What Causes Depression in Perimenopause?
There are a lot of medical opinions about what causes depression, too. I agree with some of them, but others I dismiss completely out of hand. Especially those which say that if a woman was prone to depression prior to perimenopause, she will likely have problems with it during perimenopause.
Translation: You’re just mentally unstable and perimenopause has nothing to do with it.
I also don’t think depression during perimenopause can be “cured” by simply taking a pill, e.g., an antidepressant. Of course, this doesn’t deter physicians from trying to cure it with a pill. FYI, antidepressants are a multi-billion dollar industry. Let me repeat that: Antidepressants are a multi-billion dollar industry; and guess who’s the major, targeted demographic in that industry?
I’ve already told you what I think about antidepressants for symptoms of perimenopause. But please don’t think I’m judging anyone for taking them. I took them myself when I was going through perimenopause. Like a lot of women, I too was desperate to get relief from the crazy mood swings and gain some measure of control over what was happening to me.
So, I get it. I know why women take them. But that still doesn’t address the underlying issue, and it seems to me that if we are going to be effective in treating depression in perimenopause, we are far better served if we get to the actual source of the problem.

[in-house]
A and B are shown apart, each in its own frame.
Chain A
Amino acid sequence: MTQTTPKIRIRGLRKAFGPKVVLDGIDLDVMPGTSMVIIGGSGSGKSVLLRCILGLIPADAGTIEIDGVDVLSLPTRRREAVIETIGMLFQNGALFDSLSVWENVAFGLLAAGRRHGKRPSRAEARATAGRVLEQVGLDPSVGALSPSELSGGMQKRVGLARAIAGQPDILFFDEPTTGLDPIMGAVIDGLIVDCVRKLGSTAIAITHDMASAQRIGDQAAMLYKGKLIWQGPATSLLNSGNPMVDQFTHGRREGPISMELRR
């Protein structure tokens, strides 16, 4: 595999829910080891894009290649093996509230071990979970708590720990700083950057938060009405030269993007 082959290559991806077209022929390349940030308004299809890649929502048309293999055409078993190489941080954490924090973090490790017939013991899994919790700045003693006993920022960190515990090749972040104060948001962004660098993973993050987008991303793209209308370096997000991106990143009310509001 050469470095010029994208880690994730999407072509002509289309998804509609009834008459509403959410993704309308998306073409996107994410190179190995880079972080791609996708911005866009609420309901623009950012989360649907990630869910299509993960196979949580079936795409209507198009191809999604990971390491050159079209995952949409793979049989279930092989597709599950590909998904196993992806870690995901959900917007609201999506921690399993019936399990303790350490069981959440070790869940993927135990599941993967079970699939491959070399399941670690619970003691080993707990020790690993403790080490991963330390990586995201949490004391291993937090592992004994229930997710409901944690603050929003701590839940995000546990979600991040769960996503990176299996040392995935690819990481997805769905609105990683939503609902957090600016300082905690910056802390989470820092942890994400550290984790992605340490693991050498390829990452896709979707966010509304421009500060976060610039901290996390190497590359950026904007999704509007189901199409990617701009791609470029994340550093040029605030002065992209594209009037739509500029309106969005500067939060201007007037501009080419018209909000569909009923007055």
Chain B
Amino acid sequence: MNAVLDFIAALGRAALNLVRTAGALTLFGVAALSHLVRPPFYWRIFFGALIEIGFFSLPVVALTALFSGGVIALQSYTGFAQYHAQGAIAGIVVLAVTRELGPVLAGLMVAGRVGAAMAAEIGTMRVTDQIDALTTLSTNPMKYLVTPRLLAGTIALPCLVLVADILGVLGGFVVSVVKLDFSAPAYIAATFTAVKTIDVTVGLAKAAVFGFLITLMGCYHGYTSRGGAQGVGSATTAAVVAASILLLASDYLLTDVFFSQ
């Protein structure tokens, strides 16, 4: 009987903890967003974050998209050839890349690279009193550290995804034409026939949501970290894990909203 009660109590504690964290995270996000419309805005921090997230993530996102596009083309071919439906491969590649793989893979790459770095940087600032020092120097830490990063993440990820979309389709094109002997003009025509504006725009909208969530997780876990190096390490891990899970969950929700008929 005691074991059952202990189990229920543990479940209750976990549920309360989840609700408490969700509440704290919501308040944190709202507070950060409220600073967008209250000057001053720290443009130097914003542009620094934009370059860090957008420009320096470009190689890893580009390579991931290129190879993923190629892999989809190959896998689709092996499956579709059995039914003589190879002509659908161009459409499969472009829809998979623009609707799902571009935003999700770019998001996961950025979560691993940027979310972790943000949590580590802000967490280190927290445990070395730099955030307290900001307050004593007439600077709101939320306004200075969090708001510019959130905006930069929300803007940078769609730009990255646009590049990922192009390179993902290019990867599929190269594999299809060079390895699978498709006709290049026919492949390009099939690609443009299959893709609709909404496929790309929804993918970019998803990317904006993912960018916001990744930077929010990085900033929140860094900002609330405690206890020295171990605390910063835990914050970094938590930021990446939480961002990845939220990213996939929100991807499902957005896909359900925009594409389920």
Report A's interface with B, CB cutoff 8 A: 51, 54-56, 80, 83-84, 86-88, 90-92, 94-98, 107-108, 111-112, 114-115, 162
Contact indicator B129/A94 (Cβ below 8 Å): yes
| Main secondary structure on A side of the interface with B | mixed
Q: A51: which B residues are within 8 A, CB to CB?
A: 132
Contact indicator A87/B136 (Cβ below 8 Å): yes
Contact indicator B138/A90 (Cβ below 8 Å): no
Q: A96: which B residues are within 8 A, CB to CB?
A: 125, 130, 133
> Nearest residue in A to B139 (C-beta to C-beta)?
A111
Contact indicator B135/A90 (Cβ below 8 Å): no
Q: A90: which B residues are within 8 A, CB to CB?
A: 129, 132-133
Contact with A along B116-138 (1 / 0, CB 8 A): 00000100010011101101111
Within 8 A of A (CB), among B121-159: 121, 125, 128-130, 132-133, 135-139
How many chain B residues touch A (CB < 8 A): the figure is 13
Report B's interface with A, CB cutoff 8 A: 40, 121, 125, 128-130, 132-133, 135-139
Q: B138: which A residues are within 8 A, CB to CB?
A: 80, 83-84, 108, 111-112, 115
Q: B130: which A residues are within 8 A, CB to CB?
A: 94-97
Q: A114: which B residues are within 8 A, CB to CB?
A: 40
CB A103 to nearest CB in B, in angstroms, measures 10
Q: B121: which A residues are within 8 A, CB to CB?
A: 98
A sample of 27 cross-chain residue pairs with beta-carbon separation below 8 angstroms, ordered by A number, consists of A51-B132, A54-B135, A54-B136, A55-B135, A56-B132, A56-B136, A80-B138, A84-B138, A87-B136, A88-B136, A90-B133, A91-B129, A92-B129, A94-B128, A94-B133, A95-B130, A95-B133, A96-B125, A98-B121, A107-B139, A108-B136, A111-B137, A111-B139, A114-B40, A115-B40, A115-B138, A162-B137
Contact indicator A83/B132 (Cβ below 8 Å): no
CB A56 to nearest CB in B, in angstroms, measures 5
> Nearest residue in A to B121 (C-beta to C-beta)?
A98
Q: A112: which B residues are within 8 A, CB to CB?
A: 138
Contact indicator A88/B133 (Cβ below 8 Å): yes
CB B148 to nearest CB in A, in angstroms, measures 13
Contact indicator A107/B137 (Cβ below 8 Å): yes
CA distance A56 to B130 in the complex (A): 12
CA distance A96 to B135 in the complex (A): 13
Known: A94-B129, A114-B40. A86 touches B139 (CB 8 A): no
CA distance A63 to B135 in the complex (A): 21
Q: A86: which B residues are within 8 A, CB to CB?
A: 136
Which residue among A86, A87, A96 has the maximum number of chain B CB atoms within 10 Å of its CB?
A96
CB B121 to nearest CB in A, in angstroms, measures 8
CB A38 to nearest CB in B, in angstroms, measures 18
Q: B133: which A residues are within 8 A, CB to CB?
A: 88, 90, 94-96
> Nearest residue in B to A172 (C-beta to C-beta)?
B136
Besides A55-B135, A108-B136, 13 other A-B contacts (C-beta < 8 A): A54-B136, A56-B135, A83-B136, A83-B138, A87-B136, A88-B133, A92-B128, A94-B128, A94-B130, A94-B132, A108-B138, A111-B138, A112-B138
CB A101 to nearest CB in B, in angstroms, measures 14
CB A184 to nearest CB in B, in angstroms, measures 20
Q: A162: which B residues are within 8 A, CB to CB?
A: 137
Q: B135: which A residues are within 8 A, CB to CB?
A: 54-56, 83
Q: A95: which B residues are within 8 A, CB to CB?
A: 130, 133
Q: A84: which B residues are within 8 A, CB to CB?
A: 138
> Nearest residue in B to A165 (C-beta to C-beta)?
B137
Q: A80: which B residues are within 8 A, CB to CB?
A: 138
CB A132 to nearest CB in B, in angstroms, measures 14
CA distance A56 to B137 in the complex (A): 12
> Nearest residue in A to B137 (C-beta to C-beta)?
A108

Estrogen, Serotonin, and Depression in Perimenopause
Did you know that there is a direct correlation between a woman’s estrogen levels and the serotonin levels in her brain? That is, when her estrogen levels rise, her serotonin levels rise. When her estrogen levels fall, her serotonin levels also fall, and that, ladies, is the basic crux of why many women suffer from depression and mood disorders during perimenopause.
Serotonin is the primary brain chemical which regulates mood. When serotonin levels are balanced, we sleep better. We feel secure and safe, mellow and relaxed, hopeful and optimistic, with a general sense of well-being. When serotonin levels are too low, we might feel agitated, irritable, unable to sleep well, and have carbohydrate, sugar, or alcohol cravings. We might also feel anxious and depressed.
During perimenopause when estrogen and progesterone levels are rising and falling, so too are serotonin levels. Hence, depression and other mood related symptoms in perimenopause. And since antidepressants work by artificially raising serotonin levels in our brain, it’s easy to understand exactly why physicians give them to women suffering from depression in perimenopause.
I understand it, but I don’t necessarily agree with it.
I think there are far better ways to cope with depression during perimenopause without loading up on antidepressants. The most obvious being addressing hormone imbalance. Beyond that, educating women about the benefits of moderate aerobic exercise and foods which naturally raise serotonin levels are also better alternatives in my view.
But I won’t leave you hanging. Look for more posts for the remainder of the month of March, where I will discuss these alternatives and others, and explore this important topic of depression in perimenopause a little deeper.
Magnolia Miller is a certified healthcare consumer advocate in women's health and a women's freelance health writer and blogger at The Perimenopause Blog.